Hisashi Hayashi, you magnificent bastard.
Trains. Edo Yashiki. String Railway. Sail to India. Four great games, all designed by the same guy, Hisashi Hiyashi, that I’ve played plenty this past year or so, and will continue to do so for a good long time. Now I can add a fifth game into the rotation, Rolling Japan, that at first appearance seems to be the lightest of the bunch. In reality, this one might end up being the most brain-melting of the five, despite being little more than some paper maps and a bunch of dice.
Any number between one and eight can play, though that eight is only down to the fact that’s how many little pens are included in the box. In reality, Rolling Japan is a single player game at heart where each time you play, you’re looking to score as low as possible. Of course, that extrapolates to a larger game with more people where you’re ALL trying to do that, but yes – this is essentially solitaire dressed up as multiplayer. Not that it’s a bad thing in any way, not at all.
To play, everyone is given a small sheet with an abstract map of Japan on it, split into six different coloured zones, themselves segmented into sets of smaller boxes. Rather than go into ludicrously in-depth description, here’s a picture. Much easier.
Also included in the package is a bag of seven dice, six of which correspond to the colours of the areas on the map; so, white, black, green, yellow, red and blue. Played out over the course of eight rounds, three pairs of dice will be pulled from the bag and rolled; the numbers that appear must be written down in the boxes of the same colour on the map – so far, so simple. Oh, if the purple one comes out, it’s treated as a wild, so you get to put that number in any coloured area you like.
Once the six dice have been drawn, they’re thrown back in the bag. There’s a helpful Round Marker to strike off, then you move on to do the same thing again… but there are a couple of things to consider. First of all, no more than one number can be put in a single box. Second, if you’re looking to put a number in a box next to one that’s already been filled in, it has to be either the same or one above or below. And, immediately after realising quite how awful those restrictions are, you swiftly get quite how great this little puzzle is.
If you’re unable to place the rolled number(s) onto the map, you have to choose a spot to fill with an X – Rolling Japan‘s mark of shame. It’s these Xs that are tallied as your score at the end of the game – remember, the lower the amount, the better – but there are thankfully three lifelines in the form of Color Changes available to you. Instead of being forced to throw down an X, filling up a space and potentially screwing yourself over later in the game, you can take the number and drop it into another colour region. Sure, you still have to follow the rules of placement as detailed previously, but it’s way better than having to scribble down a dreaded and terrible X…
Pretty soon, things start getting very busy on your map. At around the halfway mark you’ll realise that you’ve probably made a mistake in at least one region that has messed up things royally. Numbers start squashing up against each other quickly and you’ll be letting out a few curses when, yet again, you’ll be drawing in another pair of Xs because you simply don’t have any legal placements anywhere. Sure, there’s probably a perfect game out there in probability-land, but with the numbers being provided by those damned dice, perfection simply isn’t going to happen. This is a game, not a jigsaw puzzle, and a truly challenging game at that. While you may be feeling pretty confident in early rounds that everything is going fine, just you wait until the end when all you see is a parade of Xs dotted about your map. Oh, did we not mention that every empty space is filled up with an X at the end of the game? Thought you were cocky holding off on marking those spaces weren’t you? Yeah – here’s what happens:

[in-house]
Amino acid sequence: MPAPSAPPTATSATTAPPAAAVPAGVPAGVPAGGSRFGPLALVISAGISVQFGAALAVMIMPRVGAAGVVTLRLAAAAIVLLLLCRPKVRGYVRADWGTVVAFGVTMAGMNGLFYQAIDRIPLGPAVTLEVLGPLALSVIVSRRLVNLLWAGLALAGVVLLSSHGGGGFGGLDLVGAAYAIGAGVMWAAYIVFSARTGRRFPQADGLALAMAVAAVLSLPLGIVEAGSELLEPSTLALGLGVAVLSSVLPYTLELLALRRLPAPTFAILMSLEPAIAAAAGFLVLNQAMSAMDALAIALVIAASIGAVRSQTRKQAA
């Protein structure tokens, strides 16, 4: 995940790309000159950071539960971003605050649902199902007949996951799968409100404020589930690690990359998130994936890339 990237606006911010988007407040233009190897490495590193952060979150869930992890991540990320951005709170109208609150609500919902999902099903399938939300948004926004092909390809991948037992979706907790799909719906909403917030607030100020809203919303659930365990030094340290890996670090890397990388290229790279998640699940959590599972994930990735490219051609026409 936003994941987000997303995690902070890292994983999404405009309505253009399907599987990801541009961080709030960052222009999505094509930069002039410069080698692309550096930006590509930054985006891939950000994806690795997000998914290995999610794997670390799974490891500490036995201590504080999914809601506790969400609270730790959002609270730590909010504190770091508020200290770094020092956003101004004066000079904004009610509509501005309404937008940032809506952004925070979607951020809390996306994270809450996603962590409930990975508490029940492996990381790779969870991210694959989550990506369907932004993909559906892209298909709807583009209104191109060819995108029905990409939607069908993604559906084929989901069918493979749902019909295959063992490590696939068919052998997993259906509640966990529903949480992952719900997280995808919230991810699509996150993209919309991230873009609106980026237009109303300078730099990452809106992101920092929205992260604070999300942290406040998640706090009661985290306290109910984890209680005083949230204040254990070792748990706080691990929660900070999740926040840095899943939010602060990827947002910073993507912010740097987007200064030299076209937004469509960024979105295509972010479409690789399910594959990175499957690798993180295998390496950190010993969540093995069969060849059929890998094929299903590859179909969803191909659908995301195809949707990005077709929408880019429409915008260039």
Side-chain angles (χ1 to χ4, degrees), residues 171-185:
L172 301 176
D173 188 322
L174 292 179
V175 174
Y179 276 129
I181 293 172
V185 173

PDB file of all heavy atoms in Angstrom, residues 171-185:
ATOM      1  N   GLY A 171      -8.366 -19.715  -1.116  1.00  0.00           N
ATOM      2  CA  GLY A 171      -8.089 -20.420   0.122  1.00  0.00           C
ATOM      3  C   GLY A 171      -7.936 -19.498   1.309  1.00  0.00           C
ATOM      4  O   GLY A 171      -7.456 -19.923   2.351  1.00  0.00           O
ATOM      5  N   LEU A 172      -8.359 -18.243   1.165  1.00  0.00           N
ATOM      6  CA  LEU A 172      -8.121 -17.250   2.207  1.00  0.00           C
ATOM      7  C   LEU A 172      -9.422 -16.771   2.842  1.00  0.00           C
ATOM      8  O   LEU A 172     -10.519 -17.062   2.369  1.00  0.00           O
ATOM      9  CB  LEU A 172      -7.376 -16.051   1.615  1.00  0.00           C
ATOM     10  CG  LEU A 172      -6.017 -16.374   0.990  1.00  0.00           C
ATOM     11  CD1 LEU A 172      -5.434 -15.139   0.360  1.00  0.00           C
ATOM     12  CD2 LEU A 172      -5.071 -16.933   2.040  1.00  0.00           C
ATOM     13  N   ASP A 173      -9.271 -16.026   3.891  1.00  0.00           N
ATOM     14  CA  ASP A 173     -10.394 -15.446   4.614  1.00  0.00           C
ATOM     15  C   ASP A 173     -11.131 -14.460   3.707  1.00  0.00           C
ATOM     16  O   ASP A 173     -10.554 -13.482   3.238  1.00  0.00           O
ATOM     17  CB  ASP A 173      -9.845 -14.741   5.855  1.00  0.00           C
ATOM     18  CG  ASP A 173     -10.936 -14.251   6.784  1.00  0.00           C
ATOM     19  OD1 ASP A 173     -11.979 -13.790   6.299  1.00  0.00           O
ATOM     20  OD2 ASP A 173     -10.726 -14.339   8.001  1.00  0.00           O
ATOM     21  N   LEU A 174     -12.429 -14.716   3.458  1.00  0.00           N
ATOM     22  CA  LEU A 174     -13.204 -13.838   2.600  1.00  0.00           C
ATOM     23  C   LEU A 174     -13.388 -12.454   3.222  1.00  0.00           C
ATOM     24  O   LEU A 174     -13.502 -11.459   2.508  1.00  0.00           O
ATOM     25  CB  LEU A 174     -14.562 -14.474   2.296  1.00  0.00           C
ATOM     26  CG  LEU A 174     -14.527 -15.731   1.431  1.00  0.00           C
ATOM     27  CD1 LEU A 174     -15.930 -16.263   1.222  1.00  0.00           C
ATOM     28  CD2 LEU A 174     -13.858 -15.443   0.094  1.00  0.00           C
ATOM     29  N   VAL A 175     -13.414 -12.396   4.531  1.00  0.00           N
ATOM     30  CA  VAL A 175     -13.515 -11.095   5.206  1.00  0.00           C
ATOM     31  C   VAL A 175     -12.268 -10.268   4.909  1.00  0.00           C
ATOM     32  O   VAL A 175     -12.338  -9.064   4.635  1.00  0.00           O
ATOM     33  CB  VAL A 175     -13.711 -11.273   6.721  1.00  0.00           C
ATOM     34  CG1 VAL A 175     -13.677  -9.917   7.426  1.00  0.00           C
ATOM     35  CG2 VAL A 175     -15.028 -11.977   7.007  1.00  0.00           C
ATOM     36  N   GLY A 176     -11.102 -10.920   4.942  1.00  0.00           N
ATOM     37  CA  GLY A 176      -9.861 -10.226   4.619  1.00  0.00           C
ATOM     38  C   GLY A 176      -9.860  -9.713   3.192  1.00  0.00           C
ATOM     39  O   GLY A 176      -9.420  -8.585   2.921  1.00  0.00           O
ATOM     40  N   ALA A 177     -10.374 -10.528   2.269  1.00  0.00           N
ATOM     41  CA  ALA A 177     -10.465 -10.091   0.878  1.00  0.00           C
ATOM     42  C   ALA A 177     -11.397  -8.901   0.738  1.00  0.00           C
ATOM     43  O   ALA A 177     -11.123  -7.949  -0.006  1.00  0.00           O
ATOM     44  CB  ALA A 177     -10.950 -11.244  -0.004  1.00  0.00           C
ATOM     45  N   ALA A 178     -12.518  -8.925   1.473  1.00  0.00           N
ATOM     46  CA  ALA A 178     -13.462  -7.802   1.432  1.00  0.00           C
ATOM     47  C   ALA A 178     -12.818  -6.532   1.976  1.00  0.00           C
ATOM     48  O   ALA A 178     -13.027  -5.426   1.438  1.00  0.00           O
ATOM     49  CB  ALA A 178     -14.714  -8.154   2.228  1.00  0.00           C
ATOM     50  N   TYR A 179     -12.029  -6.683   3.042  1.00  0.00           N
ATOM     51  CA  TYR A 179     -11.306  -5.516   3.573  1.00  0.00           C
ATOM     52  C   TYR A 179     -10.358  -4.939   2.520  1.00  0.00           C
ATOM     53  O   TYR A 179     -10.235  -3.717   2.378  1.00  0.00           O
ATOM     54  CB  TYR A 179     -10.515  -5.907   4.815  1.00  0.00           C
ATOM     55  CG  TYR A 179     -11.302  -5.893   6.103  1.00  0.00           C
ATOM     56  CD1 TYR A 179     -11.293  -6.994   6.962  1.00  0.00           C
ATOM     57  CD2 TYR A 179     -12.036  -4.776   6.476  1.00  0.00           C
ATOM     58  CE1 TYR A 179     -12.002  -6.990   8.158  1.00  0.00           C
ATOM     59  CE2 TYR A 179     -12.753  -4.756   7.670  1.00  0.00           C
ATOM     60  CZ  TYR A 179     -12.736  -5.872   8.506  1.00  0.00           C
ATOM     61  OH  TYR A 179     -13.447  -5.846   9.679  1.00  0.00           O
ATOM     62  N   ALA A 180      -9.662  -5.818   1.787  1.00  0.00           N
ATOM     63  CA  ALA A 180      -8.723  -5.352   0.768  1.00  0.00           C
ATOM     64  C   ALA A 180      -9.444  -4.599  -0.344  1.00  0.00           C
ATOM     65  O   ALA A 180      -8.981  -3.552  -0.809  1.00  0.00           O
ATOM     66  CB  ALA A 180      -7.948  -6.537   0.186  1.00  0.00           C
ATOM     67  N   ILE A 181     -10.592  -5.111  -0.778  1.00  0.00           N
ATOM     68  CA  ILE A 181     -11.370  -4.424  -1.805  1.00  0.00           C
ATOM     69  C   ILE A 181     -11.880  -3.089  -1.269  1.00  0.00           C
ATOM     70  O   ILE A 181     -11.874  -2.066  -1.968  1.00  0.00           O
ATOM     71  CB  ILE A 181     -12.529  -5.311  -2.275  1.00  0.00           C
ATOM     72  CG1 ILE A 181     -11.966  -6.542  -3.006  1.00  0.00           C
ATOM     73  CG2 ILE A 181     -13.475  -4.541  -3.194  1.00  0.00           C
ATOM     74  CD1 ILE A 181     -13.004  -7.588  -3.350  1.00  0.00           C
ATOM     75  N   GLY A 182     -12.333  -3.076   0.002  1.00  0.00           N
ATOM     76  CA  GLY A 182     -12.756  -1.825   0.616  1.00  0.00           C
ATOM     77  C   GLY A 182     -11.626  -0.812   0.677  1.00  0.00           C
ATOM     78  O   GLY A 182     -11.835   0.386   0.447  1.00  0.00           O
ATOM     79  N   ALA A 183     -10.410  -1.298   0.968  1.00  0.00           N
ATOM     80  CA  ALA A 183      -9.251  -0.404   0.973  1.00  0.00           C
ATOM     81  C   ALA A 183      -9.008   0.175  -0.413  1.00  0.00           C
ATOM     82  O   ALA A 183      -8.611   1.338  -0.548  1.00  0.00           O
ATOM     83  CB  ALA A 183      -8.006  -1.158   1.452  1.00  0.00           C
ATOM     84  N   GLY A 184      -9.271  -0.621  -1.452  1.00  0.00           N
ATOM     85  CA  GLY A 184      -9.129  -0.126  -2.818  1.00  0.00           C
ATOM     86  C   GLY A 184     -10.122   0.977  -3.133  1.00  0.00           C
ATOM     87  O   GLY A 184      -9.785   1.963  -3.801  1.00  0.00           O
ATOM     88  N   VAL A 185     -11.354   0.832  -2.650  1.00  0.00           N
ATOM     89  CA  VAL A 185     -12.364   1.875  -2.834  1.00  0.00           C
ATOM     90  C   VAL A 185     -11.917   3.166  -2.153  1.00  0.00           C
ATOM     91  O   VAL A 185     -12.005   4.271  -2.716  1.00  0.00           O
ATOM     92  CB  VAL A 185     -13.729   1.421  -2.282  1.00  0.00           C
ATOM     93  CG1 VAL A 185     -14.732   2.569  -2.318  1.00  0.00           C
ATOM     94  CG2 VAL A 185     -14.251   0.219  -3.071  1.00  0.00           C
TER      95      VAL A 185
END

Now, I know that the usual complaints will begin – because the game revolves around dice, the whole thing is too chaotic for players to have any control over. Really, I’ve found it better to consider the chaos as an intrinsic part of playing Rolling Japan; the main meat of the game is reacting to what’s been rolled and just desperately trying to not screw up too badly. If I had any gripes, there’d be my usual one that the included pad of maps will run out pretty quickly especially if you’re playing with a larger group on a regular basis. Oh, and why the hell isn’t this on my iPad? Of all the games that I’ve played recently from Essen 2014, this one feels ripe for a conversion to tablets and phones. It’s a highly entertaining way to kill fifteen minutes, either with friends or by yourself, and I can only think that Rolling Japan‘s popularity would increase if transferred to a digital platform. Plus, with future maps planned to appear in the near future – there was talk of Rolling America amongst others – you’ve got instant and easy to introduce DLC expansions! OKAZU Brand take note! Oh, and print more copies ASAP.
Rolling Japan was designed by Hisashi Hayashi and released at Essen 2014 through Japon Brand / OKAZU Brand. Between one and eight can play though, as mentioned, it’s essentially a single player affair. Copies are somewhat hard to find (as with most Japon Brand releases) but some have popped up on BGG and eBay. Here’s hoping for a wider release from another company in 2015!